|Owner||British American Tobacco|
|Produced by||British American Tobacco |
Kent is an American brand of cigarettes, currently owned and manufactured by R.J. Reynolds Tobacco Company in the United States and British American Tobacco elsewhere. The brand is named after Herbert Kent, a former executive at Lorillard Tobacco Company.
Widely recognized by many as the first popular filtered cigarette, Kent was introduced by the Lorillard Tobacco Company in 1952 around the same time a series of articles entitled "cancer by the carton", published by Reader's Digest, scared American consumers into seeking out a filter brand at a time when most brands were filterless. (Viceroy cigarettes had been the first to introduce filters, in 1936.) Kent widely touted its "famous micronite filter" and promised consumers the "greatest health protection in history". Sales of Kent skyrocketed, and it has been estimated that in Kent's first four years on the market, Lorillard sold some 13 billion Kent cigarettes. From March 1952 until at least May 1956, however, the Micronite filter in Kent cigarettes contained compressed carcinogenic blue asbestos within the crimped crepe paper. It has been suspected that many cases of mesothelioma have been caused specifically by smoking the original Kent cigarettes, and various lawsuits followed over the years because of it. Lorillard quietly changed the filter material from asbestos to the more common cellulose acetate in mid 1956. Kent continued to grow until the late 1960s, then began a long, steady decline as more filtered cigarette brands promising even lower tar (and appealing to smokers' desires for a "safer" smoke) were introduced.
However, Kent continued to stay in the top ten cigarette brand list until 1979. In 1977, Lorillard sold the overseas rights of Kent and all of its other brands and today Kents manufactured outside the U.S. are property of British American Tobacco.
In the 1970s, British American Tobacco bought the brand and started selling it outside of the U.S, eventually making it one of their most popular brands along with Dunhill, Lucky Strike, Pall Mall and Rothmans.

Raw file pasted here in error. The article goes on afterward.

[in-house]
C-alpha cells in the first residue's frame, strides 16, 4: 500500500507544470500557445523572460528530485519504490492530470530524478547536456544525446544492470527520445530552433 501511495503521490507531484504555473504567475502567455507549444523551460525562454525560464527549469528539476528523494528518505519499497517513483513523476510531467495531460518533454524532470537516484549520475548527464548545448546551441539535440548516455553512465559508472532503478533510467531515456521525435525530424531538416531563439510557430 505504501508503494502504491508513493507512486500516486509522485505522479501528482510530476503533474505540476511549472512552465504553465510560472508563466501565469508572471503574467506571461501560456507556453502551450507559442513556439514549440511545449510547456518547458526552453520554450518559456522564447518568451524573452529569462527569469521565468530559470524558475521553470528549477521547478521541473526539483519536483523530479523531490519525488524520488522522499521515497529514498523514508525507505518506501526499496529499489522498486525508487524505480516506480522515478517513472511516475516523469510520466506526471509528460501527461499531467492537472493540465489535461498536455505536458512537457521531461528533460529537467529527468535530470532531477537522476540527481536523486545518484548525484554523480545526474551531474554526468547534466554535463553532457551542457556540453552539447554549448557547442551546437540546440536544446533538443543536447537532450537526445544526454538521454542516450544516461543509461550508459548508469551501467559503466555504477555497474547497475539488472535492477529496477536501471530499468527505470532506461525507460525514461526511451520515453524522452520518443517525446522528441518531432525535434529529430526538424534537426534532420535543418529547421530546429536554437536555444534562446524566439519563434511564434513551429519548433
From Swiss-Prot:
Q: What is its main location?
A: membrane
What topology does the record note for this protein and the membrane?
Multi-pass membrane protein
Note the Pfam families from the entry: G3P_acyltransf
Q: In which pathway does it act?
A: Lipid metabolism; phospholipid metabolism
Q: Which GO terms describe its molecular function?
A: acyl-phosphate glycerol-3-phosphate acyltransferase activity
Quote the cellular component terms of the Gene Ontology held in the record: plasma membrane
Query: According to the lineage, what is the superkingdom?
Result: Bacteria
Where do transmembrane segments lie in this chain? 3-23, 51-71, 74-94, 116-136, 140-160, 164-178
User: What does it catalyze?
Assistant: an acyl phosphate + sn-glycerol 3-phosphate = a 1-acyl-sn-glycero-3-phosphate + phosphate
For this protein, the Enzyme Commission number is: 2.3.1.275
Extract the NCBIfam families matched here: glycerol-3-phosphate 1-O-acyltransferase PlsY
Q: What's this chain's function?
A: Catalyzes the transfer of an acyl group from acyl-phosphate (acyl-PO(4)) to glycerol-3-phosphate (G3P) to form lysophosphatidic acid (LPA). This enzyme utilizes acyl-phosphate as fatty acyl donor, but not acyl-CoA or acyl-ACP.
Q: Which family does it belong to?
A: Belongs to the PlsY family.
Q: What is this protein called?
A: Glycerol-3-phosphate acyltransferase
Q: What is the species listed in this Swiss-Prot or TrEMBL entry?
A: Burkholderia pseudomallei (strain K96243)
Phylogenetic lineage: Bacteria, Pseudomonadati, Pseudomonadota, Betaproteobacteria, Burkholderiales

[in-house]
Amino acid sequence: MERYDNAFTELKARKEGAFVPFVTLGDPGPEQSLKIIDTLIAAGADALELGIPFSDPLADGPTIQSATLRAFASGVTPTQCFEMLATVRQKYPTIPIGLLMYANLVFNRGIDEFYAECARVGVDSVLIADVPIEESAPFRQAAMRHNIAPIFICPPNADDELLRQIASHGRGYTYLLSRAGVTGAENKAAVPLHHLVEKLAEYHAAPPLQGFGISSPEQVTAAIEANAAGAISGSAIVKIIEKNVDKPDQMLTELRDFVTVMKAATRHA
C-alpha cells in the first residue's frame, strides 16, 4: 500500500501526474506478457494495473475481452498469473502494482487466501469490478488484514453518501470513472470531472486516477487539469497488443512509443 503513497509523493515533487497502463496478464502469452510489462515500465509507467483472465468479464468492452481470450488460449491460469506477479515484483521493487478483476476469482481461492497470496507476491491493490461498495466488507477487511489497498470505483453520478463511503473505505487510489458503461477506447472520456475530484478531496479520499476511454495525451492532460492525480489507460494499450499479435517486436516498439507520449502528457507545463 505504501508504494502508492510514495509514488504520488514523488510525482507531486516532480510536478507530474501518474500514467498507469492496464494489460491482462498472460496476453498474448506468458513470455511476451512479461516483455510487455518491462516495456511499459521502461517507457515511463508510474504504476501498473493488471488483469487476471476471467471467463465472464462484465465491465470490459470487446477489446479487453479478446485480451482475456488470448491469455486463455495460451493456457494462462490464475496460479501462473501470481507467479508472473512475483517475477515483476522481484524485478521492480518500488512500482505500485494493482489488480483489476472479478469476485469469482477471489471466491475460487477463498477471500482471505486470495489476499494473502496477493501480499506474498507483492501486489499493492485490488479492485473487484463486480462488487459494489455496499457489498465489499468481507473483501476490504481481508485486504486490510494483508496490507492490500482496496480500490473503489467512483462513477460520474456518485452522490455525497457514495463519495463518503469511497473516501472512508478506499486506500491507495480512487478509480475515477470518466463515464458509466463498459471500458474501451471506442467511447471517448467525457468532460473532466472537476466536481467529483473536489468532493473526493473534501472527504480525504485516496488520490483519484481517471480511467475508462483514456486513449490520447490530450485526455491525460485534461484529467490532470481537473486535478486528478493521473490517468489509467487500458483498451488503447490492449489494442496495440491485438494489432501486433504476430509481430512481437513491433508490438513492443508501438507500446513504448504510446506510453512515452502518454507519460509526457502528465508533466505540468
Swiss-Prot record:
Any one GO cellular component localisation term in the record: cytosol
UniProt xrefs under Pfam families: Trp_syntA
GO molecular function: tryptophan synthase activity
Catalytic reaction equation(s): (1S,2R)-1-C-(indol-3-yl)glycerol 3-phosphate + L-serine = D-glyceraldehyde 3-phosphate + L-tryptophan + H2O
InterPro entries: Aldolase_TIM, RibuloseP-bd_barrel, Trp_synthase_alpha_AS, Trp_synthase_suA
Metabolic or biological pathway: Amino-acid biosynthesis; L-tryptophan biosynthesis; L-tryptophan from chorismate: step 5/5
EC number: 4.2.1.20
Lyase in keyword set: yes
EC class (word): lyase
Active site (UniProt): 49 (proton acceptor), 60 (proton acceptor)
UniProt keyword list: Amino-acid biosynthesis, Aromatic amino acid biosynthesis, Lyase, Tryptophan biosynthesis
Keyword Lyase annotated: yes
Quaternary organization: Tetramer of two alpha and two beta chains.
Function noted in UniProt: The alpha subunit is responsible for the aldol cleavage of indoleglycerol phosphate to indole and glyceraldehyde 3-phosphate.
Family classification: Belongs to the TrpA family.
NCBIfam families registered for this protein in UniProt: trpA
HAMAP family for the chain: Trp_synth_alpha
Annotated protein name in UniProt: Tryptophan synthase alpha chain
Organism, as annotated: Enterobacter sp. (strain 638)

Kent in Romania
Between 1970 and 1990 Kent was the most demanded cigarette in Romania and in some parts of the domestic market used as payment or bribe. In the latter part of the interval, Kent was no longer available in regular retail, being sold officially only in hard currency shops. Obviously, the black market was thriving at the time, as most Kents being smuggled in by those relatively few Romanians who were allowed to travel abroad (sea and air crew, diplomatic staff, etc.)
Kent in Vietnam
Among the migrant worker community of English teachers in Vietnam, (esp. Hanoi) menthol Kent cigarettes have become a beloved accessory. A large part of this community consists of non-smokers who buy and smoke menthol Kents whilst drinking at the weekend. Kent "boom" (meaning push in Vietnamese and referring to the menthol bubble that the smoker presses and pops to change the flavour to menthol) are enjoyed by some who don't even press the button, others who press immediately and a whole host of subcultural groups that press halfway, after one draw, before the last draw, or before offering to a friend, and so on.
Kent is or was sold in the following countries: South Africa Australia, Belgium, Brazil, Republic of Ireland, United Kingdom, Norway, Sweden, Finland, Estonia, Luxembourg, Netherlands, Germany, Switzerland, Austria, Spain, Italy, Poland, Romania, Moldova, Czech Republic, Croatia, Serbia, Iraq, Albania, Latvia, Lithuania, Belarus, Ukraine, Russia, Azerbaijan, Georgia, Kazakhstan, Uzbekistan, Egypt, South Africa, Syria, Israel, Iran, United States, Kosovo Mexico, El Salvador, Chile, Turkey, Peru, Brazil, Paraguay, Argentina, Vietnam, Singapore, Mongolia, China, Saudi Arabia, Hong Kong, Japan and South Korea.
Varieties available in the U.S.
Currently, Kents sold in the U.S. are only available in soft packs.
- Kent Classic - Kings and 100s (Full Flavor)
- Kent Golden - Kings and 100s (Lights)
- Kent III - Kings and 100s (Ultra Lights)
Kent also manufactured a regular size filter option (the same size as unfiltered Camels, Lucky Strikes). This is notable since most filter cigarettes were king size. This size was offered at least through the 1970s and possibly later. They are no longer available.
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